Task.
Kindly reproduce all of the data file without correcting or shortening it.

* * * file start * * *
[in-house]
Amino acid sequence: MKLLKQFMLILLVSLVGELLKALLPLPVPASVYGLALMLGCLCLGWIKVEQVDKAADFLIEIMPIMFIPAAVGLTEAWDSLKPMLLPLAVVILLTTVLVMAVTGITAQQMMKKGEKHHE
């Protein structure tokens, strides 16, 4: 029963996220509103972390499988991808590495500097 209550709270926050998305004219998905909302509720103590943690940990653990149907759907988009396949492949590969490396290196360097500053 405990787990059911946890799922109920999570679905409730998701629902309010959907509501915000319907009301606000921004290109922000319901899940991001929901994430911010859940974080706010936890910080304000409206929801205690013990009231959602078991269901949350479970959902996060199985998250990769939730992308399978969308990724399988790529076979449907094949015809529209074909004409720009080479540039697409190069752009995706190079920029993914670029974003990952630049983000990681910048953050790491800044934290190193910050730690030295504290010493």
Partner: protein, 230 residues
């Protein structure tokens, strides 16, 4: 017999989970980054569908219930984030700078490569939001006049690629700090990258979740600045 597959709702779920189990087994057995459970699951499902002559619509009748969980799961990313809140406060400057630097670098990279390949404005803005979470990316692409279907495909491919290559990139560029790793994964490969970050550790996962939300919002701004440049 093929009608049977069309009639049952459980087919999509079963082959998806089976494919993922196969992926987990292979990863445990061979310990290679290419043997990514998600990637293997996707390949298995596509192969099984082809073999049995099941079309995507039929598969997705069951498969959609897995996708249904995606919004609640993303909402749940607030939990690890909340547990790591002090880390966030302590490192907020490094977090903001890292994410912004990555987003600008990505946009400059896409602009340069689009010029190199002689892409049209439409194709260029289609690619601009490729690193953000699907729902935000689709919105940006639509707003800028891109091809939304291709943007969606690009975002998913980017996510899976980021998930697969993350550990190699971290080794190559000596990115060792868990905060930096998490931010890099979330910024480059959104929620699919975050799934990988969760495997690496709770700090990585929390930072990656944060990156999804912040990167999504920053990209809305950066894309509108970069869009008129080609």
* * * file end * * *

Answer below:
[in-house]
Amino acid sequence: MKLLKQFMLILLVSLVGELLKALLPLPVPASVYGLALMLGCLCLGWIKVEQVDKAADFLIEIMPIMFIPAAVGLTEAWDSLKPMLLPLAVVILLTTVLVMAVTGITAQQMMKKGEKHHE
């Protein structure tokens, strides 16, 4: 029963996220509103972390499988991808590495500097 209550709270926050998305004219998905909302509720103590943690940990653990149907759907988009396949492949590969490396290196360097500053 405990787990059911946890799922109920999570679905409730998701629902309010959907509501915000319907009301606000921004290109922000319901899940991001929901994430911010859940974080706010936890910080304000409206929801205690013990009231959602078991269901949350479970959902996060199985998250990769939730992308399978969308990724399988790529076979449907094949015809529209074909004409720009080479540039697409190069752009995706190079920029993914670029974003990952630049983000990681910048953050790491800044934290190193910050730690030295504290010493």
Partner: protein, 230 residues
């Protein structure tokens, strides 16, 4: 017999989970980054569908219930984030700078490569939001006049690629700090990258979740600045 597959709702779920189990087994057995459970699951499902002559619509009748969980799961990313809140406060400057630097670098990279390949404005803005979470990316692409279907495909491919290559990139560029790793994964490969970050550790996962939300919002701004440049 093929009608049977069309009639049952459980087919999509079963082959998806089976494919993922196969992926987990292979990863445990061979310990290679290419043997990514998600990637293997996707390949298995596509192969099984082809073999049995099941079309995507039929598969997705069951498969959609897995996708249904995606919004609640993303909402749940607030939990690890909340547990790591002090880390966030302590490192907020490094977090903001890292994410912004990555987003600008990505946009400059896409602009340069689009010029190199002689892409049209439409194709260029289609690619601009490729690193953000699907729902935000689709919105940006639509707003800028891109091809939304291709943007969606690009975002998913980017996510899976980021998930697969993350550990190699971290080794190559000596990115060792868990905060930096998490931010890099979330910024480059959104929620699919975050799934990988969760495997690496709770700090990585929390930072990656944060990156999804912040990167999504920053990209809305950066894309509108970069869009008129080609």